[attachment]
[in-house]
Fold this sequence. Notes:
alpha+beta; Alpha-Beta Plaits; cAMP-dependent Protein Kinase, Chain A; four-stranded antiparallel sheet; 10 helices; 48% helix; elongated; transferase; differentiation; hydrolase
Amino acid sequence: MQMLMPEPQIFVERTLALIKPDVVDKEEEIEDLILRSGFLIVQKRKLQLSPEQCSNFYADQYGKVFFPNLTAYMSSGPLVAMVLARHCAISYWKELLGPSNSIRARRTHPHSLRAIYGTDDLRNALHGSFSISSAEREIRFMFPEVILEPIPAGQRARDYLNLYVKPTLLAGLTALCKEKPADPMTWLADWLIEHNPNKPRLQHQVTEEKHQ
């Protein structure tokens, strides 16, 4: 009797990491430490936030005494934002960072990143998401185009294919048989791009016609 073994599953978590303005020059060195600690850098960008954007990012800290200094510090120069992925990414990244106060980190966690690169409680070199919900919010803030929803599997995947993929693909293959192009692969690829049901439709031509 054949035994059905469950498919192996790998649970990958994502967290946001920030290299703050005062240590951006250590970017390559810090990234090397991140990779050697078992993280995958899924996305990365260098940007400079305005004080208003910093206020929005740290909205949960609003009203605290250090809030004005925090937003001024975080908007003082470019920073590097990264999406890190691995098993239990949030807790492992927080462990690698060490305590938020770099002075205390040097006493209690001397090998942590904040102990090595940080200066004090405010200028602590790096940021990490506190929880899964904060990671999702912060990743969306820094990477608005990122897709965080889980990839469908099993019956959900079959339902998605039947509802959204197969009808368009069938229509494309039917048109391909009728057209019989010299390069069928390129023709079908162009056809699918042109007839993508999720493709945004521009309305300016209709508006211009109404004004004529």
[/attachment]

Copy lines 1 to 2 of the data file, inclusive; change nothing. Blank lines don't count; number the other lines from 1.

[in-house]
Fold this sequence. Notes: